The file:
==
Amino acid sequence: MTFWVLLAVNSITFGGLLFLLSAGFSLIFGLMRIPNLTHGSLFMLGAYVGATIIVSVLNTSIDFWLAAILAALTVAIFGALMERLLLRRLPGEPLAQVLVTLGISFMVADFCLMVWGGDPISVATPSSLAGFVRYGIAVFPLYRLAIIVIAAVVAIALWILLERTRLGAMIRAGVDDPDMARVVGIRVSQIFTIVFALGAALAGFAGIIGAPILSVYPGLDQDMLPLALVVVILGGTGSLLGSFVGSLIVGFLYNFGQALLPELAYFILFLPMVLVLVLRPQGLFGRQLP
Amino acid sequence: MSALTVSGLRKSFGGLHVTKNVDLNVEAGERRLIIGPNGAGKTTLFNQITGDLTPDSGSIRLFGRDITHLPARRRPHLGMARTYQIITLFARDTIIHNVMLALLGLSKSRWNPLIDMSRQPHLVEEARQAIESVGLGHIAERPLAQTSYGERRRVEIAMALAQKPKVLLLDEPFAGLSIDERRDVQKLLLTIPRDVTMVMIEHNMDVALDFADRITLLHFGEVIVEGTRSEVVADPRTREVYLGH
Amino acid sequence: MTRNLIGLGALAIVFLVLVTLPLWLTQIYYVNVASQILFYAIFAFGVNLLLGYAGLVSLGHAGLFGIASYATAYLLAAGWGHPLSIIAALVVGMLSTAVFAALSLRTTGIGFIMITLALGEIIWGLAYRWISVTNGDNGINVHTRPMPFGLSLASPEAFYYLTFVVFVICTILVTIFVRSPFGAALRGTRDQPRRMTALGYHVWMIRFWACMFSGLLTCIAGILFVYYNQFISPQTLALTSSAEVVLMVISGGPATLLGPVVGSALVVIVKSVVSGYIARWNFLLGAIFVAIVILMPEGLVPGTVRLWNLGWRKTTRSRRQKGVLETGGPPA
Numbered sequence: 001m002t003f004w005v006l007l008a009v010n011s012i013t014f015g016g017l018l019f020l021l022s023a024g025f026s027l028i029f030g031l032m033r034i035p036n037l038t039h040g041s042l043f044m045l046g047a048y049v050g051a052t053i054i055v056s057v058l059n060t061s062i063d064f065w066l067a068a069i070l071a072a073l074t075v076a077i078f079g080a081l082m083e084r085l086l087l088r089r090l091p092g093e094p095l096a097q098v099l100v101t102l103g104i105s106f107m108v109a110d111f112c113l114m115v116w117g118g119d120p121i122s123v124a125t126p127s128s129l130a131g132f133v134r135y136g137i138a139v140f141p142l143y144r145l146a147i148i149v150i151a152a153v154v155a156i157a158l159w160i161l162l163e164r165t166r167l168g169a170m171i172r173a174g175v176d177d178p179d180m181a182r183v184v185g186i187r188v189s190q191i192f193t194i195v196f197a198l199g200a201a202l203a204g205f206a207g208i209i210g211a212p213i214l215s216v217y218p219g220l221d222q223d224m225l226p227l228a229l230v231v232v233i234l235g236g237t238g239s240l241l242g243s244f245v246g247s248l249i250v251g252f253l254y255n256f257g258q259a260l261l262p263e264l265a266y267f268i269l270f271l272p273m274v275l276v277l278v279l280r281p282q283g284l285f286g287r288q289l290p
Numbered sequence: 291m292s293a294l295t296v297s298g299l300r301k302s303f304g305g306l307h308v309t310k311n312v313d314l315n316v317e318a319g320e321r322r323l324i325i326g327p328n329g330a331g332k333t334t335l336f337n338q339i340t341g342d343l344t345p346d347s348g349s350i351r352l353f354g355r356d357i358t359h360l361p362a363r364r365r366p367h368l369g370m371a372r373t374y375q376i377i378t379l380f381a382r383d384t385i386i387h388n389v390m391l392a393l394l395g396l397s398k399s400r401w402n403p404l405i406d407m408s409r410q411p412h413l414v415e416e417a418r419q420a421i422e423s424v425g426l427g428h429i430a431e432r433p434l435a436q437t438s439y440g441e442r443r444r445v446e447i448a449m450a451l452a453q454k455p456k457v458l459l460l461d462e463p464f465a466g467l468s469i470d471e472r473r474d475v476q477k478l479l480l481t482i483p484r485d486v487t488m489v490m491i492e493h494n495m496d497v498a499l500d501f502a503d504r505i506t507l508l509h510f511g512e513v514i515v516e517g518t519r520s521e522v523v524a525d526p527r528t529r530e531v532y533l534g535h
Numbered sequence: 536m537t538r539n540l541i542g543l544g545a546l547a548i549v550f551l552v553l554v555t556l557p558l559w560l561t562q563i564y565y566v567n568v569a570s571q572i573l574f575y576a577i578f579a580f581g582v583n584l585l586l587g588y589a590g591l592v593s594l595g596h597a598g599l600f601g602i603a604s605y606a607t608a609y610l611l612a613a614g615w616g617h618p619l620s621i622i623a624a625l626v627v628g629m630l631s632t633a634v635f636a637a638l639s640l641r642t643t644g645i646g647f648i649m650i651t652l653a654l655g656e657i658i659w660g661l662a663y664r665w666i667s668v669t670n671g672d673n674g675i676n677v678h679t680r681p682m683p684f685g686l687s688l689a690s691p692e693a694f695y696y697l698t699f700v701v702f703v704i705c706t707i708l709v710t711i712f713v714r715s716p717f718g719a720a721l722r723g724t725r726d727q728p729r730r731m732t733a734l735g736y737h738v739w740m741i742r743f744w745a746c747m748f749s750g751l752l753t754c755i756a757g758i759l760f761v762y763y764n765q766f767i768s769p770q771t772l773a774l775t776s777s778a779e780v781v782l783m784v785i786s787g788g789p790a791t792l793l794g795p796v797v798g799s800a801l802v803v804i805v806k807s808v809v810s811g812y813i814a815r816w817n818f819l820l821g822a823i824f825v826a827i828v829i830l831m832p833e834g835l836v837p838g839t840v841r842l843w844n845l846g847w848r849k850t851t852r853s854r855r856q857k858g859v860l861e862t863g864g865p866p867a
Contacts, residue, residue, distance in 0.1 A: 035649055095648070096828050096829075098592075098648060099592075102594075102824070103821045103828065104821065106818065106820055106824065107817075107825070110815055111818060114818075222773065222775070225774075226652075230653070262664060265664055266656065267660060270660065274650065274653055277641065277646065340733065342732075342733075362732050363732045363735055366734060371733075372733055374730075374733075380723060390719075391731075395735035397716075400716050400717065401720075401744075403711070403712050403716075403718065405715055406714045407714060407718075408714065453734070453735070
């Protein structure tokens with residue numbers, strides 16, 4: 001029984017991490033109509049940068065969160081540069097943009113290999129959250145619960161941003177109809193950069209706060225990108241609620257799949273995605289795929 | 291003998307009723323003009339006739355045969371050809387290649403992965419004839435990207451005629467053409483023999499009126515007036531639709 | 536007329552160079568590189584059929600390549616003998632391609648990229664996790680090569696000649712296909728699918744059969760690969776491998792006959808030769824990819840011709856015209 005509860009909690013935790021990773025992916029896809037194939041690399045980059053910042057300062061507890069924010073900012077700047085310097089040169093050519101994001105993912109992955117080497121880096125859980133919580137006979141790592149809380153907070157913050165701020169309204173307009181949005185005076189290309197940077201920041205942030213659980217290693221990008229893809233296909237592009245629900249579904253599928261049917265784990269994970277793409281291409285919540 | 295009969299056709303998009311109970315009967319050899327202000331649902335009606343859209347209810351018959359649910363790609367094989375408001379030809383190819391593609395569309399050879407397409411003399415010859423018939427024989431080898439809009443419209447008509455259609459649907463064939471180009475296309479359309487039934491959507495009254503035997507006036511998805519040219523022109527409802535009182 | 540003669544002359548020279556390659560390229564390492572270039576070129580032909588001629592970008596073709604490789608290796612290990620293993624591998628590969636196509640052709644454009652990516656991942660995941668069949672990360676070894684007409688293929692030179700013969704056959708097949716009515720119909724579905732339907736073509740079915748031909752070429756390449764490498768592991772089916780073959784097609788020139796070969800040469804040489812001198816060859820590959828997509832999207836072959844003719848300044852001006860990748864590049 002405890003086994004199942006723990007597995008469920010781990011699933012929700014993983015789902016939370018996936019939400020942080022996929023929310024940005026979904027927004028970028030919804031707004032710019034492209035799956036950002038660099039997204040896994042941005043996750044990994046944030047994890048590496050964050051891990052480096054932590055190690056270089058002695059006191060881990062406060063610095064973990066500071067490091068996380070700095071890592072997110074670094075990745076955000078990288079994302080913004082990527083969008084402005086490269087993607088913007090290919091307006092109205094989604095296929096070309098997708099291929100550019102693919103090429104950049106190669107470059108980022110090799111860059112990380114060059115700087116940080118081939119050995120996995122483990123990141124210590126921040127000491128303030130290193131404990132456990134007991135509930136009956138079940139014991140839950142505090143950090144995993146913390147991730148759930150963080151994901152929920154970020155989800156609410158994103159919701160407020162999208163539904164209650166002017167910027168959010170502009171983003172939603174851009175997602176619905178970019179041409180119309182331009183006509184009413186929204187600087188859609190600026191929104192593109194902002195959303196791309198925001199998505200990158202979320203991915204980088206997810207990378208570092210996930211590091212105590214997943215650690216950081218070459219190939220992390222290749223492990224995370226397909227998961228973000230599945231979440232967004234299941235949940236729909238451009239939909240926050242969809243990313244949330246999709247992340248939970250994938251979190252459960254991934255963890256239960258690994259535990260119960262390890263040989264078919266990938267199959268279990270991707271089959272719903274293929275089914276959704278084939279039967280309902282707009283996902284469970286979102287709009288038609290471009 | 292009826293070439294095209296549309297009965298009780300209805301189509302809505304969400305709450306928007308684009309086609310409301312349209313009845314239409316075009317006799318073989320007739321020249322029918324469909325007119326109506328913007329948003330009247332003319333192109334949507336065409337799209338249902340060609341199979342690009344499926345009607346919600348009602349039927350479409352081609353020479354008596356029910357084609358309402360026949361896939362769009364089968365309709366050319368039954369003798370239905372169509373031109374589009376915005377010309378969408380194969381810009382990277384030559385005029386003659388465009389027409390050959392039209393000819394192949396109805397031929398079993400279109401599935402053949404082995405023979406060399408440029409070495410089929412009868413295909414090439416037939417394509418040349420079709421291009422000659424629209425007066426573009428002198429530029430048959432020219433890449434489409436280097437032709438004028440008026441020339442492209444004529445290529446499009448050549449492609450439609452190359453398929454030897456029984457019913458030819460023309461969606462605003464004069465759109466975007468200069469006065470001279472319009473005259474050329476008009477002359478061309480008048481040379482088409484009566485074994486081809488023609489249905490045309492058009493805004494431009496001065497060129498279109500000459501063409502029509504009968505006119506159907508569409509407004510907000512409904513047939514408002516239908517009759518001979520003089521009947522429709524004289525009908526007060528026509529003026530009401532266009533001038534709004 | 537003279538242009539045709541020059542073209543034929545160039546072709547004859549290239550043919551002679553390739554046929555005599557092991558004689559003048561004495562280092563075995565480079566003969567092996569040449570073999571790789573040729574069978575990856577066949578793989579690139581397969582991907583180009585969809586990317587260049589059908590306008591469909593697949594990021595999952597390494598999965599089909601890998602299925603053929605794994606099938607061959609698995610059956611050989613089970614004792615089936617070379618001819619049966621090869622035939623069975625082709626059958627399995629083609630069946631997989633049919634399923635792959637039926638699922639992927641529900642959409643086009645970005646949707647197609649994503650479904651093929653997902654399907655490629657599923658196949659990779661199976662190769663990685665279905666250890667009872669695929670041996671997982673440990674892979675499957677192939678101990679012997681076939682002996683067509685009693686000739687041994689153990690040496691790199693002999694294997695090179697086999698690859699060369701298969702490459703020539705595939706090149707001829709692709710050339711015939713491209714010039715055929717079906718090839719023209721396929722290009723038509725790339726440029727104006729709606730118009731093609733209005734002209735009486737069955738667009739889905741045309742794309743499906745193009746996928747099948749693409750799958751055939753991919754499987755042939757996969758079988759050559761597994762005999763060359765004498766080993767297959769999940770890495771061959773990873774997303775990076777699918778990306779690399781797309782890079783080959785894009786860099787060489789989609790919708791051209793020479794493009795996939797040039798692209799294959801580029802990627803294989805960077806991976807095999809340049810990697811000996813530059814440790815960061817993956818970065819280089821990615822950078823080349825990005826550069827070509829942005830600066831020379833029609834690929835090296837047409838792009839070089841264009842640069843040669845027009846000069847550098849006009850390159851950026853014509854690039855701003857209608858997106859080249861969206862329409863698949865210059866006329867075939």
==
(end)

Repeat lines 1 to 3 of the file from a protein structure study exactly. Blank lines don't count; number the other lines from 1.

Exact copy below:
Amino acid sequence: MTFWVLLAVNSITFGGLLFLLSAGFSLIFGLMRIPNLTHGSLFMLGAYVGATIIVSVLNTSIDFWLAAILAALTVAIFGALMERLLLRRLPGEPLAQVLVTLGISFMVADFCLMVWGGDPISVATPSSLAGFVRYGIAVFPLYRLAIIVIAAVVAIALWILLERTRLGAMIRAGVDDPDMARVVGIRVSQIFTIVFALGAALAGFAGIIGAPILSVYPGLDQDMLPLALVVVILGGTGSLLGSFVGSLIVGFLYNFGQALLPELAYFILFLPMVLVLVLRPQGLFGRQLP
Amino acid sequence: MSALTVSGLRKSFGGLHVTKNVDLNVEAGERRLIIGPNGAGKTTLFNQITGDLTPDSGSIRLFGRDITHLPARRRPHLGMARTYQIITLFARDTIIHNVMLALLGLSKSRWNPLIDMSRQPHLVEEARQAIESVGLGHIAERPLAQTSYGERRRVEIAMALAQKPKVLLLDEPFAGLSIDERRDVQKLLLTIPRDVTMVMIEHNMDVALDFADRITLLHFGEVIVEGTRSEVVADPRTREVYLGH
Amino acid sequence: MTRNLIGLGALAIVFLVLVTLPLWLTQIYYVNVASQILFYAIFAFGVNLLLGYAGLVSLGHAGLFGIASYATAYLLAAGWGHPLSIIAALVVGMLSTAVFAALSLRTTGIGFIMITLALGEIIWGLAYRWISVTNGDNGINVHTRPMPFGLSLASPEAFYYLTFVVFVICTILVTIFVRSPFGAALRGTRDQPRRMTALGYHVWMIRFWACMFSGLLTCIAGILFVYYNQFISPQTLALTSSAEVVLMVISGGPATLLGPVVGSALVVIVKSVVSGYIARWNFLLGAIFVAIVILMPEGLVPGTVRLWNLGWRKTTRSRRQKGVLETGGPPA